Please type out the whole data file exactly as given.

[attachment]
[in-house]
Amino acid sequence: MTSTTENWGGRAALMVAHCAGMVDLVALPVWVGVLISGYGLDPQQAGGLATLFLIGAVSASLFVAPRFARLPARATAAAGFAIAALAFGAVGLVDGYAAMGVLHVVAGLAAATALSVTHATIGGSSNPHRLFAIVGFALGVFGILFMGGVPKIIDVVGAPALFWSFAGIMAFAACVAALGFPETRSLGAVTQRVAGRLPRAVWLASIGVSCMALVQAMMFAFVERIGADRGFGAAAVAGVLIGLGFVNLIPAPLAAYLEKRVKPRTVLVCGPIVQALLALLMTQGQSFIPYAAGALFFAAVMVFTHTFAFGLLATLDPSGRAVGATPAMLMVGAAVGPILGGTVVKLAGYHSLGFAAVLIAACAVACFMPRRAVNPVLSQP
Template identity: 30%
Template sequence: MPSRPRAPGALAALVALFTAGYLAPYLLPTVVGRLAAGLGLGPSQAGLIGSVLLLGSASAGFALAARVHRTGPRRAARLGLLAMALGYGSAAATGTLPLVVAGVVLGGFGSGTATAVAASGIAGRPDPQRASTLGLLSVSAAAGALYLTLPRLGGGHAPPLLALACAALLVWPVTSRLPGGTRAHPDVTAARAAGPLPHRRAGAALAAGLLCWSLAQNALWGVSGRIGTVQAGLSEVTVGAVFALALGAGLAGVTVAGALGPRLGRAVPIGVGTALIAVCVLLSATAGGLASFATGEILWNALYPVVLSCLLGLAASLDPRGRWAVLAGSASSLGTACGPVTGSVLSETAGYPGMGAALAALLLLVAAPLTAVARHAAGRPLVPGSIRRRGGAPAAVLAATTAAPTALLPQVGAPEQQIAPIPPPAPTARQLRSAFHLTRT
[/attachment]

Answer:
[in-house]
Amino acid sequence: MTSTTENWGGRAALMVAHCAGMVDLVALPVWVGVLISGYGLDPQQAGGLATLFLIGAVSASLFVAPRFARLPARATAAAGFAIAALAFGAVGLVDGYAAMGVLHVVAGLAAATALSVTHATIGGSSNPHRLFAIVGFALGVFGILFMGGVPKIIDVVGAPALFWSFAGIMAFAACVAALGFPETRSLGAVTQRVAGRLPRAVWLASIGVSCMALVQAMMFAFVERIGADRGFGAAAVAGVLIGLGFVNLIPAPLAAYLEKRVKPRTVLVCGPIVQALLALLMTQGQSFIPYAAGALFFAAVMVFTHTFAFGLLATLDPSGRAVGATPAMLMVGAAVGPILGGTVVKLAGYHSLGFAAVLIAACAVACFMPRRAVNPVLSQP
Template identity: 30%
Template sequence: MPSRPRAPGALAALVALFTAGYLAPYLLPTVVGRLAAGLGLGPSQAGLIGSVLLLGSASAGFALAARVHRTGPRRAARLGLLAMALGYGSAAATGTLPLVVAGVVLGGFGSGTATAVAASGIAGRPDPQRASTLGLLSVSAAAGALYLTLPRLGGGHAPPLLALACAALLVWPVTSRLPGGTRAHPDVTAARAAGPLPHRRAGAALAAGLLCWSLAQNALWGVSGRIGTVQAGLSEVTVGAVFALALGAGLAGVTVAGALGPRLGRAVPIGVGTALIAVCVLLSATAGGLASFATGEILWNALYPVVLSCLLGLAASLDPRGRWAVLAGSASSLGTACGPVTGSVLSETAGYPGMGAALAALLLLVAAPLTAVARHAAGRPLVPGSIRRRGGAPAAVLAATTAAPTALLPQVGAPEQQIAPIPPPAPTARQLRSAFHLTRT